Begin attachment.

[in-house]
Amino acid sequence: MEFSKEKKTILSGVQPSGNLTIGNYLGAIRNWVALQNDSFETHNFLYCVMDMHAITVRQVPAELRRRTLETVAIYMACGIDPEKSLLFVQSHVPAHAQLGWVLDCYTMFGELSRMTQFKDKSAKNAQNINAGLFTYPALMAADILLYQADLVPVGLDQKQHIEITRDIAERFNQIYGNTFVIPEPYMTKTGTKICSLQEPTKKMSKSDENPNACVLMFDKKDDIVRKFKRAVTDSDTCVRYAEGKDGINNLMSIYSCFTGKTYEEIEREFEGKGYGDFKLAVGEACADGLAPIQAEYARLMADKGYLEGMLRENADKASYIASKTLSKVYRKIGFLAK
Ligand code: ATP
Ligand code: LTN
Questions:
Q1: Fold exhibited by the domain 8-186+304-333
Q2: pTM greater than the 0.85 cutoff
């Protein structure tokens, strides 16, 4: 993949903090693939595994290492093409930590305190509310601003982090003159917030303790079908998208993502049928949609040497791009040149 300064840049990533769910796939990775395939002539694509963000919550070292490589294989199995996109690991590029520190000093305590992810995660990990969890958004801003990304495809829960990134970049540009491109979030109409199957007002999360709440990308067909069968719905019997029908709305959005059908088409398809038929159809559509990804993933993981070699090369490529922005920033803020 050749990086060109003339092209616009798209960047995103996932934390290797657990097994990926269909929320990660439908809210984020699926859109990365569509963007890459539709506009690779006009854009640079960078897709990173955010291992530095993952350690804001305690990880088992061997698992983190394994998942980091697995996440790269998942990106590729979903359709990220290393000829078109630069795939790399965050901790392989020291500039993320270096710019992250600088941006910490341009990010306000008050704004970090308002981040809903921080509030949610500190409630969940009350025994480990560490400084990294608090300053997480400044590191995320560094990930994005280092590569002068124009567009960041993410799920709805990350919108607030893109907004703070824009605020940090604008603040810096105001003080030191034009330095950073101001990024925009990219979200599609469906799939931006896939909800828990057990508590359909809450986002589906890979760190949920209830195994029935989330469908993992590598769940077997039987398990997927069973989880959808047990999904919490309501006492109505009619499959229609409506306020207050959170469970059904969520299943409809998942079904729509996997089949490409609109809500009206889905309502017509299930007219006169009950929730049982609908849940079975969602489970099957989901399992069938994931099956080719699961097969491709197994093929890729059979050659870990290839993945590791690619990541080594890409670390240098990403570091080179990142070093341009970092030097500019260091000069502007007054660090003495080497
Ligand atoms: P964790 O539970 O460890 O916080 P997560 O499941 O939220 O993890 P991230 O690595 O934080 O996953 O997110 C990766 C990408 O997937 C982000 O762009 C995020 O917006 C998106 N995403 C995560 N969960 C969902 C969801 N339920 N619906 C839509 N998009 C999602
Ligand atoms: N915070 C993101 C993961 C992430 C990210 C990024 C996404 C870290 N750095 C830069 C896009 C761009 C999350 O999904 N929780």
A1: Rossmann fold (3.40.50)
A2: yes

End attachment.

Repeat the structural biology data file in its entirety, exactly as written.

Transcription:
[in-house]
Amino acid sequence: MEFSKEKKTILSGVQPSGNLTIGNYLGAIRNWVALQNDSFETHNFLYCVMDMHAITVRQVPAELRRRTLETVAIYMACGIDPEKSLLFVQSHVPAHAQLGWVLDCYTMFGELSRMTQFKDKSAKNAQNINAGLFTYPALMAADILLYQADLVPVGLDQKQHIEITRDIAERFNQIYGNTFVIPEPYMTKTGTKICSLQEPTKKMSKSDENPNACVLMFDKKDDIVRKFKRAVTDSDTCVRYAEGKDGINNLMSIYSCFTGKTYEEIEREFEGKGYGDFKLAVGEACADGLAPIQAEYARLMADKGYLEGMLRENADKASYIASKTLSKVYRKIGFLAK
Ligand code: ATP
Ligand code: LTN
Questions:
Q1: Fold exhibited by the domain 8-186+304-333
Q2: pTM greater than the 0.85 cutoff
């Protein structure tokens, strides 16, 4: 993949903090693939595994290492093409930590305190509310601003982090003159917030303790079908998208993502049928949609040497791009040149 300064840049990533769910796939990775395939002539694509963000919550070292490589294989199995996109690991590029520190000093305590992810995660990990969890958004801003990304495809829960990134970049540009491109979030109409199957007002999360709440990308067909069968719905019997029908709305959005059908088409398809038929159809559509990804993933993981070699090369490529922005920033803020 050749990086060109003339092209616009798209960047995103996932934390290797657990097994990926269909929320990660439908809210984020699926859109990365569509963007890459539709506009690779006009854009640079960078897709990173955010291992530095993952350690804001305690990880088992061997698992983190394994998942980091697995996440790269998942990106590729979903359709990220290393000829078109630069795939790399965050901790392989020291500039993320270096710019992250600088941006910490341009990010306000008050704004970090308002981040809903921080509030949610500190409630969940009350025994480990560490400084990294608090300053997480400044590191995320560094990930994005280092590569002068124009567009960041993410799920709805990350919108607030893109907004703070824009605020940090604008603040810096105001003080030191034009330095950073101001990024925009990219979200599609469906799939931006896939909800828990057990508590359909809450986002589906890979760190949920209830195994029935989330469908993992590598769940077997039987398990997927069973989880959808047990999904919490309501006492109505009619499959229609409506306020207050959170469970059904969520299943409809998942079904729509996997089949490409609109809500009206889905309502017509299930007219006169009950929730049982609908849940079975969602489970099957989901399992069938994931099956080719699961097969491709197994093929890729059979050659870990290839993945590791690619990541080594890409670390240098990403570091080179990142070093341009970092030097500019260091000069502007007054660090003495080497
Ligand atoms: P964790 O539970 O460890 O916080 P997560 O499941 O939220 O993890 P991230 O690595 O934080 O996953 O997110 C990766 C990408 O997937 C982000 O762009 C995020 O917006 C998106 N995403 C995560 N969960 C969902 C969801 N339920 N619906 C839509 N998009 C999602
Ligand atoms: N915070 C993101 C993961 C992430 C990210 C990024 C996404 C870290 N750095 C830069 C896009 C761009 C999350 O999904 N929780």
A1: Rossmann fold (3.40.50)
A2: yes